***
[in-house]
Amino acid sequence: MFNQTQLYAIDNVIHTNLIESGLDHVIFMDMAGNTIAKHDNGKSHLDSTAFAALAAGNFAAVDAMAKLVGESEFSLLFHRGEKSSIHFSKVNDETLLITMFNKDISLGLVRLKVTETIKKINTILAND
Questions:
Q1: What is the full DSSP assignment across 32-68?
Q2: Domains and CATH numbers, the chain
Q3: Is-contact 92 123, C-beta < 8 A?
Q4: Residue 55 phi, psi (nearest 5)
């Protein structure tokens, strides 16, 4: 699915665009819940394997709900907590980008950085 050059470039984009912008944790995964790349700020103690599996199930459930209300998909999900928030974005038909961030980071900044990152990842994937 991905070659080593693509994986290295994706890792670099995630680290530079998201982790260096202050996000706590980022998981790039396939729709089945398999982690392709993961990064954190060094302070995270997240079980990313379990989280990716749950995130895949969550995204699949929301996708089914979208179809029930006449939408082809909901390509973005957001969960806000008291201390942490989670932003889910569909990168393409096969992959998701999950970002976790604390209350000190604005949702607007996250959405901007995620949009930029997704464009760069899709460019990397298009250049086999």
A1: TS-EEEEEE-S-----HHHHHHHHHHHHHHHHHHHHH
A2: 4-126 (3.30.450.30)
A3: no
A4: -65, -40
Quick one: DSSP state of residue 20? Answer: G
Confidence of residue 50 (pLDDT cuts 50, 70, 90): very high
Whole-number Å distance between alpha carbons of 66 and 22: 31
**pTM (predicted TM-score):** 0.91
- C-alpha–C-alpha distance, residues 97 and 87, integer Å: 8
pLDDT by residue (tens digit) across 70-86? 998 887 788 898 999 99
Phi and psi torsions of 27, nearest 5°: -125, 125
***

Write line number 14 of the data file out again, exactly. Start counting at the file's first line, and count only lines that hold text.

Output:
Confidence of residue 50 (pLDDT cuts 50, 70, 90): very high